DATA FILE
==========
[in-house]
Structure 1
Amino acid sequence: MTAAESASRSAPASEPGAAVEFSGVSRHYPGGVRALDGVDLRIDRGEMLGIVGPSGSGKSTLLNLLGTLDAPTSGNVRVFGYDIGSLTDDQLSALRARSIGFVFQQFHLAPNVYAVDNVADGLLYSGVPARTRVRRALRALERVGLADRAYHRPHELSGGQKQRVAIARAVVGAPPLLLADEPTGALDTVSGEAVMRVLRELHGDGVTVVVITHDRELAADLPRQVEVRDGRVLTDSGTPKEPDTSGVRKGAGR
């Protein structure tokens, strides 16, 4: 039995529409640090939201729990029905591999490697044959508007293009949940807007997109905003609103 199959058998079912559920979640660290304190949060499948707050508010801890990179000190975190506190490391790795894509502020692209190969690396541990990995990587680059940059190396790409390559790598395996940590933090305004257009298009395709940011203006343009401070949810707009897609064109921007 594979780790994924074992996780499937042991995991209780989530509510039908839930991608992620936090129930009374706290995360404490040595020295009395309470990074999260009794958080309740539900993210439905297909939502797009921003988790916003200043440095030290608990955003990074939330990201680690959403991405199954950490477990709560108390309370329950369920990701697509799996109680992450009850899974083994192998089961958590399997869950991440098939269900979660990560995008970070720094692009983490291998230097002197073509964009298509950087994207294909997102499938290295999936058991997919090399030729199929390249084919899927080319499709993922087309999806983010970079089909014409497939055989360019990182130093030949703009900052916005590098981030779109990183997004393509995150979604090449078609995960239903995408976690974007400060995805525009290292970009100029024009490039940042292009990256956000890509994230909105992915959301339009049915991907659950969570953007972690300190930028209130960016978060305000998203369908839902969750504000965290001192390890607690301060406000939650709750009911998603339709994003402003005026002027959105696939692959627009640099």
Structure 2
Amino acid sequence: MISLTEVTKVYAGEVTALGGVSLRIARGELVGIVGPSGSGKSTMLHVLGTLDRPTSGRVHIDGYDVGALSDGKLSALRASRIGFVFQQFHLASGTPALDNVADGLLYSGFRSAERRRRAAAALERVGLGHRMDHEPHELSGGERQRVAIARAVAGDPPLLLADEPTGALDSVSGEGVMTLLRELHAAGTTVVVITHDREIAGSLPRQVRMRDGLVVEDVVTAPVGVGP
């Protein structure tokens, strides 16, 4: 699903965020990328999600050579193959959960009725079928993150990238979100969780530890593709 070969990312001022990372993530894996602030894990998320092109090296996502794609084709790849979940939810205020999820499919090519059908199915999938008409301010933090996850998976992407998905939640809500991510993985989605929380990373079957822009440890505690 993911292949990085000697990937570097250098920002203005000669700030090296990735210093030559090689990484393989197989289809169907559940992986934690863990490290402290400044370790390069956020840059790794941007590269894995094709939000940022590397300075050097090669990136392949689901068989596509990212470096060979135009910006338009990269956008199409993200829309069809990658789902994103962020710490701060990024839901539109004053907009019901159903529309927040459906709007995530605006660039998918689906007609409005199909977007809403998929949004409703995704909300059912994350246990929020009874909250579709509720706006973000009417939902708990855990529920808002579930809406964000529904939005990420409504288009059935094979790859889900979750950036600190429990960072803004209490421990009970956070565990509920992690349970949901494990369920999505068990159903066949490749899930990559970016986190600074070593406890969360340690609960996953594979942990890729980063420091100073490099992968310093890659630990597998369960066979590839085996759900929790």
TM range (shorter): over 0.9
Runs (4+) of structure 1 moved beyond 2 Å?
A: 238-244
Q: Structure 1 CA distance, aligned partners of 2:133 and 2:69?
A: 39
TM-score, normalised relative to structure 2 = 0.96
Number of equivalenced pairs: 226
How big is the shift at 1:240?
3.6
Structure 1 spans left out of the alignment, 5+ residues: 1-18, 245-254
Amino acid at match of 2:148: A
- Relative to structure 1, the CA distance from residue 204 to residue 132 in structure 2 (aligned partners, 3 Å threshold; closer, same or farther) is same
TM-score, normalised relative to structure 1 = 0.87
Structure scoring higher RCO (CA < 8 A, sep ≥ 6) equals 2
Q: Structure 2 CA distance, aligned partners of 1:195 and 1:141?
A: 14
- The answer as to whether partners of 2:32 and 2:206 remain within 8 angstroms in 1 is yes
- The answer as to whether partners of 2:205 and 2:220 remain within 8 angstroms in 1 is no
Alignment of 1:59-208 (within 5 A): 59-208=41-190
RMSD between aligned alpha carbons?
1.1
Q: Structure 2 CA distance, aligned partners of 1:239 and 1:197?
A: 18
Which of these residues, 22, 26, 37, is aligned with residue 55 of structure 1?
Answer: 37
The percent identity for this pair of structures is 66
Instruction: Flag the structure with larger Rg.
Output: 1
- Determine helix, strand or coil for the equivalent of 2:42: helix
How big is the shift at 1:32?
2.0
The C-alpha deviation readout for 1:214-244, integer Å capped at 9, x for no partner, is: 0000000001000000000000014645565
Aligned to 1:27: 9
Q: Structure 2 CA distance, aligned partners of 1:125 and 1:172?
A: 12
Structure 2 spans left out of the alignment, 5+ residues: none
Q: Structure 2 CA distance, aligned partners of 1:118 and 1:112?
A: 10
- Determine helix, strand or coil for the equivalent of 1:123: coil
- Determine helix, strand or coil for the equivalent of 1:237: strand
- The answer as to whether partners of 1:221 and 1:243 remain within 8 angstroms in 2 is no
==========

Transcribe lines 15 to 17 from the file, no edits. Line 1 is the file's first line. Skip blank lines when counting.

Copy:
How big is the shift at 1:240?
3.6
Structure 1 spans left out of the alignment, 5+ residues: 1-18, 245-254